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Final Report - Working with young people to understand bullying and self-exclusion from school 08.10.19.pdf (1.39 MB)

Working with young people to understand bullying and self-exclusion from school

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posted on 2023-07-26, 16:57 authored by Niamh O'Brien, Anna Dadswell
1. Executive summary 1.1 Background In England, over 93,000 11-15 year olds are without school provision citing bullying as either a primary or secondary reason (Brown et al., 2011). However, the experiences and support needs of these young people are unknown. This study sought to find out from young people themselves, the reasons behind their own self-exclusion and the possible supports that need to be in place for other young people at mainstream school who might be suffering from bullying. 1.2 Participants All study participants were attending a Red Balloon Learner Centre: a charity providing educational/therapeutic support to young people who self-exclude from mainstream education because of severe bullying or other trauma. Founded in 1996, Red Balloon has four Centres, based in houses in Cambridge, Norwich, Harrow and Reading. It also has an online provision called Red Balloon of the Air which is supported by three satellite Centres in Cambridge, Norfolk and Chelmsford Essex. These are places where the children receiving education and therapy online can go for community based face-to-face activities weekly. Using participatory methodology, we conducted two phases of research. In phase one, we worked with young people in Chelmsford (previously in Braintree), to develop the research questions and in phase two we took these questions to the wider Red Balloon community and spoke to young people about their experiences using the focus group method. All young people provided their own consent to participate and parents/carers were made aware of the study through participant information sheets. 1.3 Findings Anxiety underpinned self-exclusion due to bullying but a number of factors led to this anxiety including: • Young people’s perceptions of their friends: “…I thought they were my friends, but they were just fake people that just wanted to hurt me…” (Female, FG1) • Overall support structures: “The teachers don’t do anything. It even got to a point where we were complaining so much, where they would just put me in isolation as well.” (Female, FG2) “That was a tricky time for me because I didn’t really trust anybody else enough to tell them how I felt about certain things, and that was when I was self-harming.” (Male, FG1) “….and then I had, like, I think the biggest meltdown ever, I think, I’ve ever had in my life, and, yes, that’s when everything came out…” (Female, FG1) • Institutional and contextual factors: The physical size of their schools, including the building being ‘too big’ as well as the numbers of students caused feelings of intimidation for some: “…when I was in mainstream, it was just too much, because obviously you get big classes, and you get kids doing stuff with kids, and teachers just not listening, or just making you feel like you don’t want to go to a big school.” (Female, FG3) Young people told us it was the build-up of the above factors that led to their gradual withdrawal from school life and consequently their self-exclusion from school: “ day you’re at school, fine and then the next you’re at home, too scared to move or go in. It’s such a gradual slow thing that you don’t see it coming.” (Female FG4) We asked the young people about anything that would have made their life easier while they were at mainstream school and three themes emerged as recommendations: • Awareness of changes in behaviour: In acknowledging that teachers have large demands on their time and given school size and student numbers, the young people suggested that school staff should try to notice changes in behaviour, which might indicate a student is struggling: “Losing concentration in lessons… just forgetting or constantly making mistakes…” (Female, FG4) • Promoting a feeling of security: The young people reflected that the use of ‘timeout’ rooms or ‘isolation’ was not effective in promoting a feeling of safety for bullied students. Instead, they suggested “a supervised quiet space” (Female, FG4) where anxious students could go to and feel safe. • Promotion of empathy among and between students. Young people suggested raising feelings of safety through practical approaches including assemblies and marketing to raise bullying awareness and promote empathy and compassion. “….they could find a scenario, like find a YouTube clip or something, put it on the screen. Then people will think even more, “That could happen to my friend.” Then speak up.” (Female, FG3) 1.4 Conclusion There is growing interest in understanding bullying and self-exclusion and how to tackle it. Indeed, the findings from this research demonstrate the wealth of knowledge that young people with experience of bullying and self-exclusion have to share. Their knowledge and insight goes beyond that in the current literature and provides a strong rationale for involving young people in further research into the matter in order to develop support that better fits the needs of bullied young people and reduce the incidence of self-exclusion.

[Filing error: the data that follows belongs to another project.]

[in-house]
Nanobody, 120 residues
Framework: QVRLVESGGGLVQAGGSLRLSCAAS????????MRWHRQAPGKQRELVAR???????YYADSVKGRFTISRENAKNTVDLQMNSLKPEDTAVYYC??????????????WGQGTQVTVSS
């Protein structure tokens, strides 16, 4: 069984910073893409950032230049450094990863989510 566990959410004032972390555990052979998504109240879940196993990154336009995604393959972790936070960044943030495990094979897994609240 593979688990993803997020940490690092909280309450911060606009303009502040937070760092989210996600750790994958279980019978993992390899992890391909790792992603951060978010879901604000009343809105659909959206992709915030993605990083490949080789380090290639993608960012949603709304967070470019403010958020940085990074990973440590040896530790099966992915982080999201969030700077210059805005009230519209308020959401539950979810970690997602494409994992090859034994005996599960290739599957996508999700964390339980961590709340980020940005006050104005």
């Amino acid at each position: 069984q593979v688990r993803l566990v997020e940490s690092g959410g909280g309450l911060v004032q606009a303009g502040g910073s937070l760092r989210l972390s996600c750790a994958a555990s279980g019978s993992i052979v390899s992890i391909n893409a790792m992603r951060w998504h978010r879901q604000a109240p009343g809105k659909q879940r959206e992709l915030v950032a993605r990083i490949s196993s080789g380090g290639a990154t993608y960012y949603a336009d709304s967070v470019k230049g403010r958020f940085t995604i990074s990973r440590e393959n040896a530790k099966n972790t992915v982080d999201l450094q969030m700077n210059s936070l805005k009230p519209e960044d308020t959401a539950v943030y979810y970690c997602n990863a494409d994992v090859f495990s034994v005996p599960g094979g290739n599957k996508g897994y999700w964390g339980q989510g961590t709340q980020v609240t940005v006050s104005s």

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Anglia Ruskin University

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Chelmsford, UK

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  • eng

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  • Project Report

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Faculty of Health, Education, Medicine & Social Care/Education and Social Care

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